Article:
Tag Archives: college student debt

Student College Loans – Evil or Not? Part 3/5

How many college students are “deep” in debt, and what does “deep” in debt mean?

In 2007-2008, two-thirds (65.6%) of 4-year undergraduate students graduated with a Bachelor’s degree and some debt—the average student loan debt among graduating seniors was $23,186 (excluding PLUS Loans but including Stafford, Perkins, state, college and private loans).

Let’s compare that to the student loan I graduated with in 1973 when I earned my BA in journalism.  It took me more than a decade to pay that loan off and eventually I worked two jobs for three years to do it.

I did not complain, moan or groan about it.

In fact, I considered myself an adult responsible for the money I borrowed after my GI Bill ran out so I could finish my college education—it took me five years to graduate, not four and although I worked part time jobs for the first three years I attended college, I decided to focus 100% on my studies the last two years and took out more than one student loan before I graduated.

In 1973, that student loan was $7,000.  Compared to today’s average student loan debt of $23,186, it looks as if my student loan was a bargain.

Think again!

If you check the CPI Inflation Calculator, you will discover that $7,000 in 1973 had the same buying power as $36,178.96 in 2012.

How about a few more comparisons—in January 1975, the unadjusted average home value in the united States was $39,500—in January 2011 that average had increased to $275,700—a 700% increase. Source: US Census

Note: In 1975, my $7,000 student loan equaled about 18% of the value of the average house in America. However, the average student loan today is only 8.5% of the average value of a house in America.

How about the price comparison of a car, average wages, cost for a gallon of gas, loaf of bread, and hamburger meat?

Continued August 17, 2012 in Student College Loans – Evil or Not? Part 4 or return to Part 2


Lloyd Lofthouse is the award-winning author of The Concubine Saga.

To follow this Blog via E-mail see upper right-hand column and click on “Sign me up!”

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Posted by on August 16, 2012 in Uncategorized


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Student College Loans – Evil or Not? Part 1/5

This morning before I started work on the final draft of this series of posts, I saw that the media painted grandparents as victims of evil student debt.

AnnaMaria Andriotis writing for the Wall Street Journal’s Smart Money said, “Tens of thousands of retirees have fallen behind on student loans—and the feds are coming after their Social Security benefits.”

I’m sure that many reading this will disagree with me but in my opinion, if grandpa signed for the loan and the payments come from Social Security, too bad. I do not care what the reason was for the loan. In most of these cases, parents/grandparents cosigned for the student loan of a child or grandchild in college. I have a sister-in-law that co-signed for $60,000 in student loans for her oldest son so he could attend Stanford (he spent some of this borrowed money on a trip to Europe).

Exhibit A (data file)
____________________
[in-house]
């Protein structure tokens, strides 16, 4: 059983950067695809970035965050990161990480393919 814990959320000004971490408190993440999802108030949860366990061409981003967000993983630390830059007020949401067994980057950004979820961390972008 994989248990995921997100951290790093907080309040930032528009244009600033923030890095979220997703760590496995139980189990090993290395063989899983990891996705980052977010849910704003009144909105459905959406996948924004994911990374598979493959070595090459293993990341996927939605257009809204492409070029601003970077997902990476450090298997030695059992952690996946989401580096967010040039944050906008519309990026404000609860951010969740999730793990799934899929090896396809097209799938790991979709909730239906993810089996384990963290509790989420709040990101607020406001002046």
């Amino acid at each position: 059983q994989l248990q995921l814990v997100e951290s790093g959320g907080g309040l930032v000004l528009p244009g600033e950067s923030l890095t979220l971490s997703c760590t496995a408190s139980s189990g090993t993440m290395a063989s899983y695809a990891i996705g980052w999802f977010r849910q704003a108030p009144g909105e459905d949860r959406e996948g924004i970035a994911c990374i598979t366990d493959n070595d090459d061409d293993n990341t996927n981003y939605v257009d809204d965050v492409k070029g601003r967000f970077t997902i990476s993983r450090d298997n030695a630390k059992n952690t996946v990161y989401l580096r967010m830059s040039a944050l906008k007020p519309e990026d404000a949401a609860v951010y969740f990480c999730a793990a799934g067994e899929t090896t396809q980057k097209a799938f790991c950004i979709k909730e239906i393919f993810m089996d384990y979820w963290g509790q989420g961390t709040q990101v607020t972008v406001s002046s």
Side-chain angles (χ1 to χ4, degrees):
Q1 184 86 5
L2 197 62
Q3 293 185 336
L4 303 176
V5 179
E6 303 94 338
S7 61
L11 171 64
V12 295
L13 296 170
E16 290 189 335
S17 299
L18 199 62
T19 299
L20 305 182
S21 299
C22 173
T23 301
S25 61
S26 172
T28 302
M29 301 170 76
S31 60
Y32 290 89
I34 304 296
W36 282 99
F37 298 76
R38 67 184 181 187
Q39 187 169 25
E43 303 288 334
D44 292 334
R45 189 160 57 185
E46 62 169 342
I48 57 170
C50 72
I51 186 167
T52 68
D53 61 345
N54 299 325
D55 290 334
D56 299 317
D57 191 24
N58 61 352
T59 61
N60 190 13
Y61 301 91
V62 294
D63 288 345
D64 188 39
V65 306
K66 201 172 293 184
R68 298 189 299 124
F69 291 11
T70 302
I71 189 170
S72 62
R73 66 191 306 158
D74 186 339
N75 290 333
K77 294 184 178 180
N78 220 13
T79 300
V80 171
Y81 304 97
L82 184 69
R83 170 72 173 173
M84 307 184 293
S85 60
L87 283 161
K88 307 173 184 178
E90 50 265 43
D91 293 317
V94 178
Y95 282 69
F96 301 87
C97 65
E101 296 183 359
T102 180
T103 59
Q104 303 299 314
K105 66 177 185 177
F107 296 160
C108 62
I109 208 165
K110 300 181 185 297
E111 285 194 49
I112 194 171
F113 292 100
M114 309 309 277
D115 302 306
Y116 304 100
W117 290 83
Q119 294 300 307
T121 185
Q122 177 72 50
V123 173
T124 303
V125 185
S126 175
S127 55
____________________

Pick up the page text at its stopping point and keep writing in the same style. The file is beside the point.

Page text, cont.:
If that had been my son, he would have started at a community college for the first two years and then transfered to a state college to earn his BA, and because I am a former US Marine and Vietnam veteran, the tuition would have been zero in California—one of the benefits of putting your life-on-the-line for your country.

If common sense were involved and the grandparent/parent wasn’t sure the child was making smart choices in college, what happened to the word “NO, I won’t sign! Get a job!”?

And then kick them out of the house or cut them off without a dime.

My parents grew up during the Great Depression and when I graduated from high school, I was told, go to college or pay rent, so I made a third choice and joined the US Marines and went straight to Vietnam after boot camp.

Maybe student loans are debt slavery (aren’t all loans a form of debt slavery?), but the grandparents/parents signed away their financial freedom and the law says it was legal.

Dragging grandparents into this debate is another example of the recent media hate binge against college education and student loans. From what I have read and heard and then discovered on my own, this has been mostly one sided—in short, propaganda but for what purpose?

Do not believe what you are reading/hearing from the media and in Blogs.  This issue is complicated and not easy to explain, but there are other numbers that tell a different story.

For example, in 1972, the population of the United States was almost 212 million. Today it is more than 310 million—an increase of 46%.

On August 2, 2012, there were 17.5 million students attending US colleges and Universities (private and public).

However, in 1973, there were 6.8 million students attending college (private and public)—an increase of 257%  since 1973. In addition, in 2009-10, 270,666 of those college students were military veterans attending college on a GI Bill (anyone may join the military and take advantage of whatever GI Bill is available for education).

Continued August 15, 2012 in Student College Loans – Evil or Not? Part 2


Lloyd Lofthouse is the award-winning author of The Concubine Saga.

To follow this Blog via E-mail see upper right-hand column and click on “Sign me up!”


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